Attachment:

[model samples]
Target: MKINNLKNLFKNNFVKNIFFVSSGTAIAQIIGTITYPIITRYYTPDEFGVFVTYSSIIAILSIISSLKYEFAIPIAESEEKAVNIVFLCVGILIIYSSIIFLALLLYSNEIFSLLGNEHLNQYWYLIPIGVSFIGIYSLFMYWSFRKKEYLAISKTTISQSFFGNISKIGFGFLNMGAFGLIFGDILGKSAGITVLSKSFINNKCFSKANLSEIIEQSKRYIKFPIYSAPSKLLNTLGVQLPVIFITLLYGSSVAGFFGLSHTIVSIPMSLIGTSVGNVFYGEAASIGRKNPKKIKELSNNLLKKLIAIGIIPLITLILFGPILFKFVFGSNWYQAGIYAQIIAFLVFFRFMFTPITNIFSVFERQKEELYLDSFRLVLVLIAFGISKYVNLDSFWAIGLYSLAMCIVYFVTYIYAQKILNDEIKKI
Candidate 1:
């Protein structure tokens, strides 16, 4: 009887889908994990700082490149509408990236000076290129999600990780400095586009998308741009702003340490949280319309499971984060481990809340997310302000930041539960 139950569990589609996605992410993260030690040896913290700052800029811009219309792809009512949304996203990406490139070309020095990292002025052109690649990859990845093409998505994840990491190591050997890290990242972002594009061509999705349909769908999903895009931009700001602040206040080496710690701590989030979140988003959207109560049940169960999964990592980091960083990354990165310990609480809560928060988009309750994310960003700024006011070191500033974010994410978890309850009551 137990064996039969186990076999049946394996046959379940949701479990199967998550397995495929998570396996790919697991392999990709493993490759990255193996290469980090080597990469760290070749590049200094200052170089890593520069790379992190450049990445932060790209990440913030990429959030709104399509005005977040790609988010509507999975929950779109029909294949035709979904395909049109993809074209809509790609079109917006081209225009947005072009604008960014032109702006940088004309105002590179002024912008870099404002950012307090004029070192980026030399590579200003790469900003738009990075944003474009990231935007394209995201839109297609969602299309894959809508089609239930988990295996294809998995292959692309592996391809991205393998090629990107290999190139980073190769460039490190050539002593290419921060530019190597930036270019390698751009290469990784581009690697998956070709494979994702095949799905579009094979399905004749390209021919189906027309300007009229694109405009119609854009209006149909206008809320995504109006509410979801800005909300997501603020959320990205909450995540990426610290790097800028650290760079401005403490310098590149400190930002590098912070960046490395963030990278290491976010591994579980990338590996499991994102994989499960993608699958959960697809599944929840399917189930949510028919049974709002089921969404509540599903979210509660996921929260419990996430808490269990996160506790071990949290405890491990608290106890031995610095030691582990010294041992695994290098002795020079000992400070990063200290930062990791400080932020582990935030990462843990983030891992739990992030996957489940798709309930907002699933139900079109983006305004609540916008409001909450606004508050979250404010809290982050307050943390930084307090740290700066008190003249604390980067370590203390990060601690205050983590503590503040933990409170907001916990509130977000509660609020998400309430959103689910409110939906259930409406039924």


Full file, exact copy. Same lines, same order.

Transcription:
[model samples]
Target: MKINNLKNLFKNNFVKNIFFVSSGTAIAQIIGTITYPIITRYYTPDEFGVFVTYSSIIAILSIISSLKYEFAIPIAESEEKAVNIVFLCVGILIIYSSIIFLALLLYSNEIFSLLGNEHLNQYWYLIPIGVSFIGIYSLFMYWSFRKKEYLAISKTTISQSFFGNISKIGFGFLNMGAFGLIFGDILGKSAGITVLSKSFINNKCFSKANLSEIIEQSKRYIKFPIYSAPSKLLNTLGVQLPVIFITLLYGSSVAGFFGLSHTIVSIPMSLIGTSVGNVFYGEAASIGRKNPKKIKELSNNLLKKLIAIGIIPLITLILFGPILFKFVFGSNWYQAGIYAQIIAFLVFFRFMFTPITNIFSVFERQKEELYLDSFRLVLVLIAFGISKYVNLDSFWAIGLYSLAMCIVYFVTYIYAQKILNDEIKKI
Candidate 1:
């Protein structure tokens, strides 16, 4: 009887889908994990700082490149509408990236000076290129999600990780400095586009998308741009702003340490949280319309499971984060481990809340997310302000930041539960 139950569990589609996605992410993260030690040896913290700052800029811009219309792809009512949304996203990406490139070309020095990292002025052109690649990859990845093409998505994840990491190591050997890290990242972002594009061509999705349909769908999903895009931009700001602040206040080496710690701590989030979140988003959207109560049940169960999964990592980091960083990354990165310990609480809560928060988009309750994310960003700024006011070191500033974010994410978890309850009551 137990064996039969186990076999049946394996046959379940949701479990199967998550397995495929998570396996790919697991392999990709493993490759990255193996290469980090080597990469760290070749590049200094200052170089890593520069790379992190450049990445932060790209990440913030990429959030709104399509005005977040790609988010509507999975929950779109029909294949035709979904395909049109993809074209809509790609079109917006081209225009947005072009604008960014032109702006940088004309105002590179002024912008870099404002950012307090004029070192980026030399590579200003790469900003738009990075944003474009990231935007394209995201839109297609969602299309894959809508089609239930988990295996294809998995292959692309592996391809991205393998090629990107290999190139980073190769460039490190050539002593290419921060530019190597930036270019390698751009290469990784581009690697998956070709494979994702095949799905579009094979399905004749390209021919189906027309300007009229694109405009119609854009209006149909206008809320995504109006509410979801800005909300997501603020959320990205909450995540990426610290790097800028650290760079401005403490310098590149400190930002590098912070960046490395963030990278290491976010591994579980990338590996499991994102994989499960993608699958959960697809599944929840399917189930949510028919049974709002089921969404509540599903979210509660996921929260419990996430808490269990996160506790071990949290405890491990608290106890031995610095030691582990010294041992695994290098002795020079000992400070990063200290930062990791400080932020582990935030990462843990983030891992739990992030996957489940798709309930907002699933139900079109983006305004609540916008409001909450606004508050979250404010809290982050307050943390930084307090740290700066008190003249604390980067370590203390990060601690205050983590503590503040933990409170907001916990509130977000509660609020998400309430959103689910409110939906259930409406039924």